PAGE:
The European Parliament voted on February 12 to accept a free trade agreement (FTA) with Vietnam, a monumental deal that will cut almost all tariffs on exports from one of Southeast Asia’s fastest growing economies.
The trade deal, eight years in the making, has simultaneously been criticized for rewarding a one-party state that is among Asia’s serial human rights abusers while making virtually no demands on Hanoi to improve its record.
By an overwhelming vote of 401 in favor to 192 against with 40 abstentions, the European Parliament pushed the pending trade agreement over its final hurdle in Brussels. It now must be approved by Vietnam’s National Assembly in Hanoi, which is all but a certainty, according to observers.
The free trade agreement, known by the acronym EVFTA, will see 99% of all tariffs on Europe-bound Vietnamese exports dropped by 2035, though the majority of those taxes will be phased out in the next few years.
Europe is already one of Vietnam’s largest export markets, with bilateral trade in goods worth around US$52 billion in 2018.
Vietnam’s Ministry of Planning and Investment predicts the new deal will boost gross domestic product (GDP) by 3.25% by 2023, and then by 5.3% until 2028. The ministry also estimated last year that revenue from exports to the EU will surge 20% in 2020.
The FTA will also be a boon for European investors looking to capitalize on Vietnam’s impressive economic growth and favorable position as an alternative to China for their supply chains. According to European Union (EU) figures, the bloc’s exports to Vietnam will expand by almost $9 billion per year by 2035.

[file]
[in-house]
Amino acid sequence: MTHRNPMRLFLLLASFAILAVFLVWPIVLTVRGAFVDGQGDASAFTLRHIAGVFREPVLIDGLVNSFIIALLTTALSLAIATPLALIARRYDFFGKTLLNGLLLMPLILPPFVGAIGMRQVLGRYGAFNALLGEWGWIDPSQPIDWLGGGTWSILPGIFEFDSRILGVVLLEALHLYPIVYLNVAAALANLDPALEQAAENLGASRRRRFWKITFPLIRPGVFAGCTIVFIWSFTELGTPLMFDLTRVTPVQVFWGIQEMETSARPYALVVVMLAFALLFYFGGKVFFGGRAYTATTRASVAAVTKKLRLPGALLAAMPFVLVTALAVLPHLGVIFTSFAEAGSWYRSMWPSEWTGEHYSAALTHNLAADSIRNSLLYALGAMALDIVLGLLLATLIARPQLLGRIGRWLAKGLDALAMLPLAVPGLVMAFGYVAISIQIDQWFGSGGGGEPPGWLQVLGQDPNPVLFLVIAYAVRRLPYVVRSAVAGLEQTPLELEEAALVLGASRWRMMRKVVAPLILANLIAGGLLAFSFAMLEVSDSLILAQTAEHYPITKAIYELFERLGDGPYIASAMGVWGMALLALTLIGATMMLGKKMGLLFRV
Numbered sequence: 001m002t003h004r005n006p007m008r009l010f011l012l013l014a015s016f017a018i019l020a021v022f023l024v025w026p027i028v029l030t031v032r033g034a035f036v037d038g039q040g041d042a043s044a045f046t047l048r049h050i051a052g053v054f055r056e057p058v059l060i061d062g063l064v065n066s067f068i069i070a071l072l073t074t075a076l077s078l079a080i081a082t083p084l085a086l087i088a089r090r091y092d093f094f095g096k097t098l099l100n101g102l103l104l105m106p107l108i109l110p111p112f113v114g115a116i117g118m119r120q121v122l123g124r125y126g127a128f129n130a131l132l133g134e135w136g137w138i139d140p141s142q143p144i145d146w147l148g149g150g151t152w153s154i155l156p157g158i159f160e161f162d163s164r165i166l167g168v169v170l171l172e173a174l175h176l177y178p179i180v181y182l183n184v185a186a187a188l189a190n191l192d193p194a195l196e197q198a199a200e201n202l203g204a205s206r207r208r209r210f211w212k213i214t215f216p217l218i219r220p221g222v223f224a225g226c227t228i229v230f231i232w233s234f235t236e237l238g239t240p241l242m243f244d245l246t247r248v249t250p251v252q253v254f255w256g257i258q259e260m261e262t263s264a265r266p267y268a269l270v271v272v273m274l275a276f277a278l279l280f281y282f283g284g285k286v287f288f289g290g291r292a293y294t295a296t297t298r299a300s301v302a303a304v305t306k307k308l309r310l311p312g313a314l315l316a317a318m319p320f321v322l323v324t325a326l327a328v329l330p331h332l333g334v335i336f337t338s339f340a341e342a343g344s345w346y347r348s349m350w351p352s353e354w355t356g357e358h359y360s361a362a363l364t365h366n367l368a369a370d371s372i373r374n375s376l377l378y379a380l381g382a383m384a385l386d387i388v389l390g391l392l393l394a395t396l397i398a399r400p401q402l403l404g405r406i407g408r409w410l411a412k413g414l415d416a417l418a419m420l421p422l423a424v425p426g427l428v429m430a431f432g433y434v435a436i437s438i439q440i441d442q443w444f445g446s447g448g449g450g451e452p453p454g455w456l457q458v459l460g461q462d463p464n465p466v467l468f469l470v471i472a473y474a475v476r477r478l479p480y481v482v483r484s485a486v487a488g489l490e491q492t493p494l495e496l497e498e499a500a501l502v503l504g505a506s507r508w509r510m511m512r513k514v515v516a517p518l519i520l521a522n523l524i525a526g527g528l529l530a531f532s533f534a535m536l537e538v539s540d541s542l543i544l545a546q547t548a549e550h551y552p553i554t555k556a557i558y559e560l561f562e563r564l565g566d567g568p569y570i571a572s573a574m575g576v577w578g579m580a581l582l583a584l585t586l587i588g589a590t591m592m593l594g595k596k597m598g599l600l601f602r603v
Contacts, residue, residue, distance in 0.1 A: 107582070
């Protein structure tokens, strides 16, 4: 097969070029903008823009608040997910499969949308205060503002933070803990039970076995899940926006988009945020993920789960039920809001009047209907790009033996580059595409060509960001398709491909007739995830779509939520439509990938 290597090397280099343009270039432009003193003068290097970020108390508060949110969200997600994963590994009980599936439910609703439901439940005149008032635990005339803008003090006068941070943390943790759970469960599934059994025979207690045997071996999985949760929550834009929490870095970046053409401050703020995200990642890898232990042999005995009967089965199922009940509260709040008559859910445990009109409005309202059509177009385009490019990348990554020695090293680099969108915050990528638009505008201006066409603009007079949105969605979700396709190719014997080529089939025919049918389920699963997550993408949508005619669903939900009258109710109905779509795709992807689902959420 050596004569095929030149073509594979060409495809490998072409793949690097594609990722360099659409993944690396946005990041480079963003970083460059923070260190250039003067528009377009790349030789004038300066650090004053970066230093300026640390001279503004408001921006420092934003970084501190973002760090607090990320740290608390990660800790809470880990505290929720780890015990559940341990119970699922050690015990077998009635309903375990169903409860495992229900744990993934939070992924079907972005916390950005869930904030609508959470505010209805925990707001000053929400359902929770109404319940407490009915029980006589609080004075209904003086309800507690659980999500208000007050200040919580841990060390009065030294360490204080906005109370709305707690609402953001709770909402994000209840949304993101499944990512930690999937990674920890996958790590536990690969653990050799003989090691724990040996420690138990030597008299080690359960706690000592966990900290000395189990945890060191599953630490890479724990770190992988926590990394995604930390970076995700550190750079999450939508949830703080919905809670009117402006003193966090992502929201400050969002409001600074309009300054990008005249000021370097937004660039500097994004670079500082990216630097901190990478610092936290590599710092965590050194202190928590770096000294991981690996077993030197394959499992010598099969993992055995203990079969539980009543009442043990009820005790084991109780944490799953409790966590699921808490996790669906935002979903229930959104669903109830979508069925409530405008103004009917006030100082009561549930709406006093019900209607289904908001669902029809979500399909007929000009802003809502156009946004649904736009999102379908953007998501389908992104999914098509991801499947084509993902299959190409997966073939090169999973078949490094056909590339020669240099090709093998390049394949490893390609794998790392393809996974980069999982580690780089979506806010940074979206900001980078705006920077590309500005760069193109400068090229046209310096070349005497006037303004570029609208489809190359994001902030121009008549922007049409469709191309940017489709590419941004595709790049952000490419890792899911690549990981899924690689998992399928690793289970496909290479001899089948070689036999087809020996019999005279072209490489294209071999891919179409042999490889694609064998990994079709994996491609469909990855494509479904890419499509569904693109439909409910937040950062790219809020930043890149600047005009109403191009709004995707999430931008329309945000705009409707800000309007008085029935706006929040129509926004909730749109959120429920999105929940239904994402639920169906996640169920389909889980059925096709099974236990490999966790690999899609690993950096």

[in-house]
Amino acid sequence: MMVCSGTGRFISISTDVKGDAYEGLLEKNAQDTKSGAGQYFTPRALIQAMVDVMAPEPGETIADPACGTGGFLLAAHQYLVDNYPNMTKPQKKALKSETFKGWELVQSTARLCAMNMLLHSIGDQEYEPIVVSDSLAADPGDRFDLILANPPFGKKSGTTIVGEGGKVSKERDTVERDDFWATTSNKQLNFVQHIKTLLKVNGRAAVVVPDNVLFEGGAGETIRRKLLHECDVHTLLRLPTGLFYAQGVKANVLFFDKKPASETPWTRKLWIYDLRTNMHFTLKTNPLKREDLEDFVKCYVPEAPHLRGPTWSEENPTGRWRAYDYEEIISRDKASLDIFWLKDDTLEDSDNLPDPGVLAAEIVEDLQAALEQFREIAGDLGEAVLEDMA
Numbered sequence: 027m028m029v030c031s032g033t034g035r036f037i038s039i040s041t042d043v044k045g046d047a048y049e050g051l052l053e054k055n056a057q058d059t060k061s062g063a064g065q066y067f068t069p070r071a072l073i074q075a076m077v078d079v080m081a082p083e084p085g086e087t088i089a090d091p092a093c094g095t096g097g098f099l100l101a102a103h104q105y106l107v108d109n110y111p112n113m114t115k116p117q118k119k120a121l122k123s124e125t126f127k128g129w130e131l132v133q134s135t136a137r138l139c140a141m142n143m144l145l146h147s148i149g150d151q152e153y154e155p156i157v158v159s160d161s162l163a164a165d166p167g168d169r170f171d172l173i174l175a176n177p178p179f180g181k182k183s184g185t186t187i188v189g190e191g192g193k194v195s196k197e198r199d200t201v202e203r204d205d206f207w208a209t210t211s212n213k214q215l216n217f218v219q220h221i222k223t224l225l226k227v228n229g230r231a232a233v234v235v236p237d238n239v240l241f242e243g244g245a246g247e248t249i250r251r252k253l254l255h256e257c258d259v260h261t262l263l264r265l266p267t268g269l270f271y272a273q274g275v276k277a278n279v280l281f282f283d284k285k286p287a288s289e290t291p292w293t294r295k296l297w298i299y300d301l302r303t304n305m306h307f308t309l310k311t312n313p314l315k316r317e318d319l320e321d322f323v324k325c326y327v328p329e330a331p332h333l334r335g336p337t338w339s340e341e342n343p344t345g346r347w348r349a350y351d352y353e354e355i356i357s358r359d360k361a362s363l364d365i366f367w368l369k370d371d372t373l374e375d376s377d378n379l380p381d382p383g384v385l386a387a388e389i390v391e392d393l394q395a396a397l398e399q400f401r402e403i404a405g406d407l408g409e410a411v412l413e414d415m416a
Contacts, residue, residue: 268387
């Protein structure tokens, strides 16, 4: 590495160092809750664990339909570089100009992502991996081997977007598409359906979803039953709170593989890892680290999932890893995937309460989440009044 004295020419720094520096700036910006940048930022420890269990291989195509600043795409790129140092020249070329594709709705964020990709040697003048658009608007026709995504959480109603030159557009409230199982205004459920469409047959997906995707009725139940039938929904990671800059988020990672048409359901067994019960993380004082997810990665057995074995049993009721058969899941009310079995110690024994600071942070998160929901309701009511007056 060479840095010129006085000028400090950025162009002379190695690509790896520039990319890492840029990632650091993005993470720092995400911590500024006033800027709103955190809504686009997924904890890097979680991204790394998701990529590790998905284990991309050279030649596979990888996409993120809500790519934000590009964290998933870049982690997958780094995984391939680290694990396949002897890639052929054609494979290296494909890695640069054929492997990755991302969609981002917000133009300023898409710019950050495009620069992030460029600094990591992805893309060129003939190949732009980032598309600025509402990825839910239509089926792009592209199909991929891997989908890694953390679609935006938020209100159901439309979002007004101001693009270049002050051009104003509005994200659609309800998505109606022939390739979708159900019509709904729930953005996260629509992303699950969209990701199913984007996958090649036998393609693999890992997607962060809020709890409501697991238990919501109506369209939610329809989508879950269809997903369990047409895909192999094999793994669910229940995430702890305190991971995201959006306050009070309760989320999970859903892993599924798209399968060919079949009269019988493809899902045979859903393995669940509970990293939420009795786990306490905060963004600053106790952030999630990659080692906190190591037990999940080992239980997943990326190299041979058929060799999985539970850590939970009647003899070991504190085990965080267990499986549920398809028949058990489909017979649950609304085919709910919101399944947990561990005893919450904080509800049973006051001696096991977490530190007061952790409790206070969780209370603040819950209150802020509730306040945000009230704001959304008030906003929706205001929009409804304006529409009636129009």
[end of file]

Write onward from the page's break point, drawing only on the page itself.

The deal introduces requirements for Hanoi to create a more level playing field for European firms, especially in competition with Vietnam’s protected state-run enterprises, while laying out new mechanisms for commercial disputes and litigation.
Many of these terms are found in the EVFTA’s corollary investment agreement, which will take longer to be ratified as it must be approved by each EU member state.
However, the EVFTA has been controversial since talks began in 2012. Freedom House last year gave Vietnam a score of 20 out of 100 for political freedoms, one of the worst records in Asia.
Since 1975, the Vietnamese Communist Party has ruled with an iron fist, with political repression worsening significantly since 2016. Rights groups estimate that Vietnam now holds more than 200 political prisoners, many on bogus anti-state charges.
The content of the agreement is “problematic”, says Anna Cavazzini, a member of the European Parliament (MEP) and spokesperson on trade for the Greens/European Free Alliance group.
“Firstly, the agreement contains special rights for investors, which we reject,” she said. “Secondly, legally enforceable sustainability standards are still nowhere to be found. In order to achieve our climate objectives, we need a fundamentally different trade policy.”